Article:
EEOC Issues Guidance on LGBTQ+ Issues in the Workplace
One year ago, on June 15, 2020, the U.S. Supreme Court issued its landmark ruling in Bostock v. Clayton County, extending Title VII of the Civil Rights Acts of 1964 to include sexual orientation or gender identity as a protected class with respect to employment discrimination. This week, on the anniversary of the decision, the EEOC issued guidance (here) to employers on compliance with Bostock.
Bostock involved a trio of cases alleging discrimination against LGBTQ+ workers. Gerald Bostock, a child welfare services coordinator, was fired after his employer learned he had joined a gay softball league. Donald Zarda, a skydiving instructor, was fired after his employer learned he was gay. Aimee Stephens, a funeral director in Michigan, was fired after her employer learned that she intended to transition from male to female. In resolving these cases, the Supreme Court concluded Title VII’s reference to “sex” includes sexual orientation and transgender status, making it unlawful for a covered employer to take an employee’s sexual orientation or transgender status into account in making employment-related decisions.
The EEOC Guidance contains these important reminders:
- Employers may not discriminate against job applicants or employees because the applicant or employee is, for example, straight or cisgender, transgender or gay.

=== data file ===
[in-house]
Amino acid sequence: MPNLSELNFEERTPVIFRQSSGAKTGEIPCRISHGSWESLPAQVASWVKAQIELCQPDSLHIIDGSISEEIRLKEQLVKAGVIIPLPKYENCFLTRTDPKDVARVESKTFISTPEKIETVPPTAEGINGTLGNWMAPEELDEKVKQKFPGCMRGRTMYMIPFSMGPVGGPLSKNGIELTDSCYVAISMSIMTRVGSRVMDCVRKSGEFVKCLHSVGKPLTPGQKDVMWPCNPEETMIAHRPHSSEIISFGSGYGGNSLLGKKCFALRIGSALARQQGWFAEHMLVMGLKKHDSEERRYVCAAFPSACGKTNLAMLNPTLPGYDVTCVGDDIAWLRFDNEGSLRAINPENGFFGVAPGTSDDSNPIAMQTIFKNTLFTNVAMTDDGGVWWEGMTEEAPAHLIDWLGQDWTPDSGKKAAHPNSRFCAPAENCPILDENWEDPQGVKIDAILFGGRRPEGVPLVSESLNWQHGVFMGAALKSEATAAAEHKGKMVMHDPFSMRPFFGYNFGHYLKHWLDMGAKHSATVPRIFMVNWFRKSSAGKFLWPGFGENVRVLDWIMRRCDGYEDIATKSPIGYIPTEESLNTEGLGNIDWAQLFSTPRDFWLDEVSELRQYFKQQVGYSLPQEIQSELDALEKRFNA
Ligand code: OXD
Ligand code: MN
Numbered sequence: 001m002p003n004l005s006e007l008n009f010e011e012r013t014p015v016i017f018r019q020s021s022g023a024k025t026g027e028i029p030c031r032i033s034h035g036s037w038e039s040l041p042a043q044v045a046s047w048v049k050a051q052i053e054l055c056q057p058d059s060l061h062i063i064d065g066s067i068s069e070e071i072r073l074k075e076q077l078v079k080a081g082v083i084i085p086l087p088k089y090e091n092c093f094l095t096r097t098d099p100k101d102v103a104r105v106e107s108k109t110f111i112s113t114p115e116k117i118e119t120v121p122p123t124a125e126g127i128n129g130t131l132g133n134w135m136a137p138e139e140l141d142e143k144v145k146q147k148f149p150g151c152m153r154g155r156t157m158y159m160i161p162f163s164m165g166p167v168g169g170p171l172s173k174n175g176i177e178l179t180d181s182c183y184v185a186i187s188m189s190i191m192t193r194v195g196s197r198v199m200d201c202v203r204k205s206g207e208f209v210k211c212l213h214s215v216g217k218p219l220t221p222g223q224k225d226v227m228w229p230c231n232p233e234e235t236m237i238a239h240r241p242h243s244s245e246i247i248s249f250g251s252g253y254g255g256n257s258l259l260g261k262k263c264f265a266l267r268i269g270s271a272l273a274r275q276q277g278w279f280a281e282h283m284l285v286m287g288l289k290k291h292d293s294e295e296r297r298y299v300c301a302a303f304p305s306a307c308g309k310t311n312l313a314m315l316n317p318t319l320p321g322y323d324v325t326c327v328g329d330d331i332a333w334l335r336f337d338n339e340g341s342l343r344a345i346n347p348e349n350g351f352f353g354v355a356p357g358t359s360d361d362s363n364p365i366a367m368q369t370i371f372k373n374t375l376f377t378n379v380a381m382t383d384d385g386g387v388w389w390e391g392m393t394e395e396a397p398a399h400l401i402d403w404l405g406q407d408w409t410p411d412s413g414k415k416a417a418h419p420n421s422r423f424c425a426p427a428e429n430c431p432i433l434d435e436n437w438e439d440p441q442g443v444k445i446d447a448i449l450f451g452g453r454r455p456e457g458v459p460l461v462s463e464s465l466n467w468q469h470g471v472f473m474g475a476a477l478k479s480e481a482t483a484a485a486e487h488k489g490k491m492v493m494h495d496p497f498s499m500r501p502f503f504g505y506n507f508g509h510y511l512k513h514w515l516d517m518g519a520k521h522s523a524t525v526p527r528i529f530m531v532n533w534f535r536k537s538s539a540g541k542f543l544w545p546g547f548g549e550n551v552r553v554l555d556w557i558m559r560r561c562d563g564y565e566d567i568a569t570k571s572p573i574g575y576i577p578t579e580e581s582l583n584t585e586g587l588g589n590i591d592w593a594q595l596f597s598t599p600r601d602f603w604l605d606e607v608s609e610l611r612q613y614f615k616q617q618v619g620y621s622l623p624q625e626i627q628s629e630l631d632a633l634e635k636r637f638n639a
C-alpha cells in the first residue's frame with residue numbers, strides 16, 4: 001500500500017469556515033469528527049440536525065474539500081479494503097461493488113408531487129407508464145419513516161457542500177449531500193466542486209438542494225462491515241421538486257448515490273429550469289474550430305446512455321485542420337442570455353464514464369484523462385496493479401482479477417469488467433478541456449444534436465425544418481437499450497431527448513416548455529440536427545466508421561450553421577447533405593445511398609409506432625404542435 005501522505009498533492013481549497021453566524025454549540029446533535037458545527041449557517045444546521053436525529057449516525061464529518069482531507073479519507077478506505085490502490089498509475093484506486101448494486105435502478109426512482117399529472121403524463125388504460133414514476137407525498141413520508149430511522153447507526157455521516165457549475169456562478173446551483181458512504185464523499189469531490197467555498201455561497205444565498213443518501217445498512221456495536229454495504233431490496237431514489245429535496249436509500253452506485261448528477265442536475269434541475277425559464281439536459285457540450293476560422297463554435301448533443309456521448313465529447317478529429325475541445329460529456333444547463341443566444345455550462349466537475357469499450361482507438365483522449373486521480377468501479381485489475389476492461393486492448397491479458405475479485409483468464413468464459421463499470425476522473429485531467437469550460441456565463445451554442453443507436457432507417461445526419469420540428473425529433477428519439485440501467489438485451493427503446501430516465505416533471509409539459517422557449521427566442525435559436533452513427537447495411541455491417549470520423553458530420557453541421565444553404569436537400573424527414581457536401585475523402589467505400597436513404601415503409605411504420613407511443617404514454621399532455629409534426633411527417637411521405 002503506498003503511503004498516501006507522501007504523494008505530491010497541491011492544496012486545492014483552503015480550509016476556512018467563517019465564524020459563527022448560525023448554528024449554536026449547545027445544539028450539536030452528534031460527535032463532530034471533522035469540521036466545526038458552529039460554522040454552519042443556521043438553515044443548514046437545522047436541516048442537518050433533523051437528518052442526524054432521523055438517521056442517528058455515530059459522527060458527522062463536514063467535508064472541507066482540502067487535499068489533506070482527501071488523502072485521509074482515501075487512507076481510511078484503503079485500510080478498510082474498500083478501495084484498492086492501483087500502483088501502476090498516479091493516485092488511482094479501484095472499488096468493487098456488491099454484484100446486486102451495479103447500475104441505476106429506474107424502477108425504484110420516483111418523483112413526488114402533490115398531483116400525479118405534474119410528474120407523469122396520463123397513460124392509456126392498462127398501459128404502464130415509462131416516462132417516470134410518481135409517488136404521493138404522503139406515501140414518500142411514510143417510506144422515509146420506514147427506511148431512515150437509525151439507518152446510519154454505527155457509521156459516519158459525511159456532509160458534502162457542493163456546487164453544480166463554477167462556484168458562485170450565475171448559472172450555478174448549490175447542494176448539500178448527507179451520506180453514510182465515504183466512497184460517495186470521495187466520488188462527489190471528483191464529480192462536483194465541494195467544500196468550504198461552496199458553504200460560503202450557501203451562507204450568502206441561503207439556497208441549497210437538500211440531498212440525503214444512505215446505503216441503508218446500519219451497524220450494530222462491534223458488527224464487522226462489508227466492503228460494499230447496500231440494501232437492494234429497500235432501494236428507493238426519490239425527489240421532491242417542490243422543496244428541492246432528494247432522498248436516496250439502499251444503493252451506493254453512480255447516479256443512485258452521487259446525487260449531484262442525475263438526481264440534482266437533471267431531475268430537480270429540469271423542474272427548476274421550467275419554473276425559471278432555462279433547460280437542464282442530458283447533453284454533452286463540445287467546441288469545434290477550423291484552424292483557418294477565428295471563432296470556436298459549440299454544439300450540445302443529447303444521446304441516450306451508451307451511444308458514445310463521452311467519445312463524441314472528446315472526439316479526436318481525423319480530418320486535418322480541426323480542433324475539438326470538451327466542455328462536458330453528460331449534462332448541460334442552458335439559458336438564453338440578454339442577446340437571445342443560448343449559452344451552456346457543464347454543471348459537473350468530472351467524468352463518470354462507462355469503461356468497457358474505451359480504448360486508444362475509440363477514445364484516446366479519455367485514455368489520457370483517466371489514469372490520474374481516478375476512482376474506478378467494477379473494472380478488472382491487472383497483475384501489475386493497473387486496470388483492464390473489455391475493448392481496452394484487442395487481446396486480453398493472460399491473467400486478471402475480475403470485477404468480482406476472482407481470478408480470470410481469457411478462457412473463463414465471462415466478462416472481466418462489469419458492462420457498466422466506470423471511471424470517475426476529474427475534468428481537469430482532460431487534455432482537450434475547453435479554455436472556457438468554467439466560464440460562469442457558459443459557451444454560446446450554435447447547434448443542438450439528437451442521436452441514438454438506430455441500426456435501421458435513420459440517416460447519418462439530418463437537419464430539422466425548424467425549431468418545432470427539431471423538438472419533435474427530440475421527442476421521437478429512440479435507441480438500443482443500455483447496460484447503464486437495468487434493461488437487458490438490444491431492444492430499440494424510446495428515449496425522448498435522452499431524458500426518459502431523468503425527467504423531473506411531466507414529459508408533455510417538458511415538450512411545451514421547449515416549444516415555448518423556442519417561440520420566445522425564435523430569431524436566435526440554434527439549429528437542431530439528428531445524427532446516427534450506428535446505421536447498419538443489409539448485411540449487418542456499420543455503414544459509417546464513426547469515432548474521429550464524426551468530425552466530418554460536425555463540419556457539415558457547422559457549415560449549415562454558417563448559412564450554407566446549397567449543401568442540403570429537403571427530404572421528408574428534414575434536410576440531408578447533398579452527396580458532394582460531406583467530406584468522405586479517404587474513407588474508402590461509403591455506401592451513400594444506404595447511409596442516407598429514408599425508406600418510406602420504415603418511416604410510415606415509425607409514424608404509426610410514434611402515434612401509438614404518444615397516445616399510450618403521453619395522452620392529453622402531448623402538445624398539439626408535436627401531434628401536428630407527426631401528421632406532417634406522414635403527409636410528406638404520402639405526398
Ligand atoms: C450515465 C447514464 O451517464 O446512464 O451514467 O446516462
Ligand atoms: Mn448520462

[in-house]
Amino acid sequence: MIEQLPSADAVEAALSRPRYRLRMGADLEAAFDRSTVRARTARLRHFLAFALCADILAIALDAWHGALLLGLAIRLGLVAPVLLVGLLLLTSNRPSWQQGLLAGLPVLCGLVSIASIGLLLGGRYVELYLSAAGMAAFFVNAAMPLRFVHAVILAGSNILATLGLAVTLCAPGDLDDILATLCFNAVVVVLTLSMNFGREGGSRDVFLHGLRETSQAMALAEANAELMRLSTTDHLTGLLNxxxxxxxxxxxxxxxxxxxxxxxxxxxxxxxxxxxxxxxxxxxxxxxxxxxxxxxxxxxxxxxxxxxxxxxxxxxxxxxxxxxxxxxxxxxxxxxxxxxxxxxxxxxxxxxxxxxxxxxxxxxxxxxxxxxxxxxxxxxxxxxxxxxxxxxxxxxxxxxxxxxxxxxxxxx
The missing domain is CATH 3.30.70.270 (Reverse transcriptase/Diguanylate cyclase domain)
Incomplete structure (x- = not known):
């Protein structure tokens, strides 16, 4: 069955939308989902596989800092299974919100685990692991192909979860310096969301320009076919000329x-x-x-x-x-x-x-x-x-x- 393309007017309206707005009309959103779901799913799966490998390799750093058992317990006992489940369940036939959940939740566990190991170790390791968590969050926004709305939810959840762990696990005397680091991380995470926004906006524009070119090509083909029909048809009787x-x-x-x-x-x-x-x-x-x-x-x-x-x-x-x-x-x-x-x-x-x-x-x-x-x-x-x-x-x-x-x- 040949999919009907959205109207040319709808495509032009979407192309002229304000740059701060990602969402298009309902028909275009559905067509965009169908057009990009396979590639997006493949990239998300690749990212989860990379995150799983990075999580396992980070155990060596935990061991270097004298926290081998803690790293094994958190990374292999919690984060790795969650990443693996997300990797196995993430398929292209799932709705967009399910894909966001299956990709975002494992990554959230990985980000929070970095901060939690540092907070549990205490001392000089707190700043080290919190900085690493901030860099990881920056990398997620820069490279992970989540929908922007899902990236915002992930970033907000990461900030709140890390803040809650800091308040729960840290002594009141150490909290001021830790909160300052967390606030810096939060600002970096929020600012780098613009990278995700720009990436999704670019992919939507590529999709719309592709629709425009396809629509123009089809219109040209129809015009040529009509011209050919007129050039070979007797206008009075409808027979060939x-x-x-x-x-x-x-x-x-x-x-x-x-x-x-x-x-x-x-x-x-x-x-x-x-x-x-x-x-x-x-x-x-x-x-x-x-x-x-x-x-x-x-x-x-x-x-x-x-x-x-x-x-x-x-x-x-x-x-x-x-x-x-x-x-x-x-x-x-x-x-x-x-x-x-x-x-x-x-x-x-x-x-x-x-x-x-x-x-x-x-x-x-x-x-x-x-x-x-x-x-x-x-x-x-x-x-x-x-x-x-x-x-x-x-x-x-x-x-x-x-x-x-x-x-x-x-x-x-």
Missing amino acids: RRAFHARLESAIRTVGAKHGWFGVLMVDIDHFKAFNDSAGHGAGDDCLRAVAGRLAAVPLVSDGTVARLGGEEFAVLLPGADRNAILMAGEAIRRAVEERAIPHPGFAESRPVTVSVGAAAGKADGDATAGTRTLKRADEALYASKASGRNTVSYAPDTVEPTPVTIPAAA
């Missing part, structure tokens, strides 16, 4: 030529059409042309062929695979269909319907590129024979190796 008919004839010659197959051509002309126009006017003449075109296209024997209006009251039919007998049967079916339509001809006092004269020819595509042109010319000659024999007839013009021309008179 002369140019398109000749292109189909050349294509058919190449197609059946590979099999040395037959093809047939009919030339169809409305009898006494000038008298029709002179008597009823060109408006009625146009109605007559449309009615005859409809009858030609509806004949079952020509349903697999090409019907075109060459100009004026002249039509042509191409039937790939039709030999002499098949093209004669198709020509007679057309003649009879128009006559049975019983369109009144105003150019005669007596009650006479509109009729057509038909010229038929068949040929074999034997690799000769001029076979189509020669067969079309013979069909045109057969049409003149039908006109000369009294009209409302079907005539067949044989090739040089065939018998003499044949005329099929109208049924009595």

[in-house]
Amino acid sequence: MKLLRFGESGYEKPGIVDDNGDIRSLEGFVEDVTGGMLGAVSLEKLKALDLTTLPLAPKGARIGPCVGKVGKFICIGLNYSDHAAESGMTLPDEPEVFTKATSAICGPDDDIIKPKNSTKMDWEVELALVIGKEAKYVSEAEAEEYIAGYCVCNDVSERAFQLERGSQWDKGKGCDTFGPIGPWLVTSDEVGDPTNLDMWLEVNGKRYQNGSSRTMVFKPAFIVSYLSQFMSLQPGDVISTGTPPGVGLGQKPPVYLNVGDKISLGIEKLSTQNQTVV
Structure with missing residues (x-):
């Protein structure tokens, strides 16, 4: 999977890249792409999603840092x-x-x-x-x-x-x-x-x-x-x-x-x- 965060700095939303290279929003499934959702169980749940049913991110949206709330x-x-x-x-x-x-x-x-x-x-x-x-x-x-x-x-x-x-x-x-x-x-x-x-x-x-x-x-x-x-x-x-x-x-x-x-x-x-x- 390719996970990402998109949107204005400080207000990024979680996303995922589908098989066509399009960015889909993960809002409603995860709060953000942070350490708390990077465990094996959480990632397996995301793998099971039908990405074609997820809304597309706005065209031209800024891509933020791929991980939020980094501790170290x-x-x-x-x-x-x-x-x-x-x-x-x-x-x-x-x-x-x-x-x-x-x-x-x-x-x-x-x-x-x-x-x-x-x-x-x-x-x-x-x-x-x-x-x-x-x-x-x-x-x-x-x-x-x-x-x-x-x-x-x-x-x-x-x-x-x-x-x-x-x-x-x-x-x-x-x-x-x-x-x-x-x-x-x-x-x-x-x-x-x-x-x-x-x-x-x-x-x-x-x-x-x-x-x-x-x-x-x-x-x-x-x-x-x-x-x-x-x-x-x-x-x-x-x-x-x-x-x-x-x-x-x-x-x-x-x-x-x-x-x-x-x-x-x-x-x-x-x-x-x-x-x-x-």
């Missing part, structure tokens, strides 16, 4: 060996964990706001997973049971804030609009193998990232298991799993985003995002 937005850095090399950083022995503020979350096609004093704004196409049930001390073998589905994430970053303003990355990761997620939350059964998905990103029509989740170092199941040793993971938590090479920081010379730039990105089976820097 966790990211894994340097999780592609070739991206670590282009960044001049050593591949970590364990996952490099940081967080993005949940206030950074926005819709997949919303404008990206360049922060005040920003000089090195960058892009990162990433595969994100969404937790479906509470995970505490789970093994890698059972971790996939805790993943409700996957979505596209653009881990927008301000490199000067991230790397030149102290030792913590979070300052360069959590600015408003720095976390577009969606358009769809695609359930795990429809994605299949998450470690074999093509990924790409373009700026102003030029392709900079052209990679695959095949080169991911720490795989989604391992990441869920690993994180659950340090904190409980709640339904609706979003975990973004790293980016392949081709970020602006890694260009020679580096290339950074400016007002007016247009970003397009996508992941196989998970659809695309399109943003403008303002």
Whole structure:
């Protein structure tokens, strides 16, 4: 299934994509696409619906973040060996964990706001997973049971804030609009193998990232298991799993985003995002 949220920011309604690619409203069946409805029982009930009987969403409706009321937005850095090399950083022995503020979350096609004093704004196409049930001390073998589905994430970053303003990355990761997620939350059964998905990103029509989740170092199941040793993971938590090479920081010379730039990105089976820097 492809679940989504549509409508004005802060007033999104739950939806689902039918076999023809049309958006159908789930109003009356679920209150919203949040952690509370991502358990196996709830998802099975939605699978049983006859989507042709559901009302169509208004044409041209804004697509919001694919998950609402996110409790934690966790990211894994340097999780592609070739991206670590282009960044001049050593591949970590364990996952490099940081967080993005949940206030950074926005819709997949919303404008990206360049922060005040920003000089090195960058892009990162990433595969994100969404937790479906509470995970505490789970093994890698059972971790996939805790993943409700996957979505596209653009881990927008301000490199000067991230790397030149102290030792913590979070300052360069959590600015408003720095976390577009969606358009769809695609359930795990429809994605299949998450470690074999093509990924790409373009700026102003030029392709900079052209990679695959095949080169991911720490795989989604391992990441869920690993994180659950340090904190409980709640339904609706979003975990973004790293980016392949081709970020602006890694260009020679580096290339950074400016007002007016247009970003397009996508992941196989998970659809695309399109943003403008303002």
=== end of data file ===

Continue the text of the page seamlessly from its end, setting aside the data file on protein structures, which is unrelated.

- Employers are not allowed to segregate employees based on actual or perceived customer preference. For example, it would be discriminatory to keep LGBTQ+ employees out of public-facing positions, or to direct these employees toward certain stores or geographic areas.
- Employers may not discriminate against an employee because that employee does not conform to a sex-based stereotype about feminine or masculine behavior.
- Employers are not allowed to prohibit a transgender person from dressing or presenting consistent with that person’s gender identity.
- Employers may have separate, sex-segregated bathrooms, locker rooms, and showers that correspond with the employee’s gender identity. In other words, if an employer has separate bathrooms, locker rooms, or showers for men and women, all men (including transgender men) should be allowed to use the men’s facilities and all women (including transgender women) should be allowed to use the women’s facilities.
- Intentionally and repeatedly using the wrong name and pronouns to refer to a transgender employee could contribute to an unlawful hostile work environment. Accidental misuse of a transgender employee’s preferred name and pronoun does not violate Title VII, however.
If you need additional guidance in ensuring compliance with this evolving area of the law and human rights, Nemeth Law is available to assist.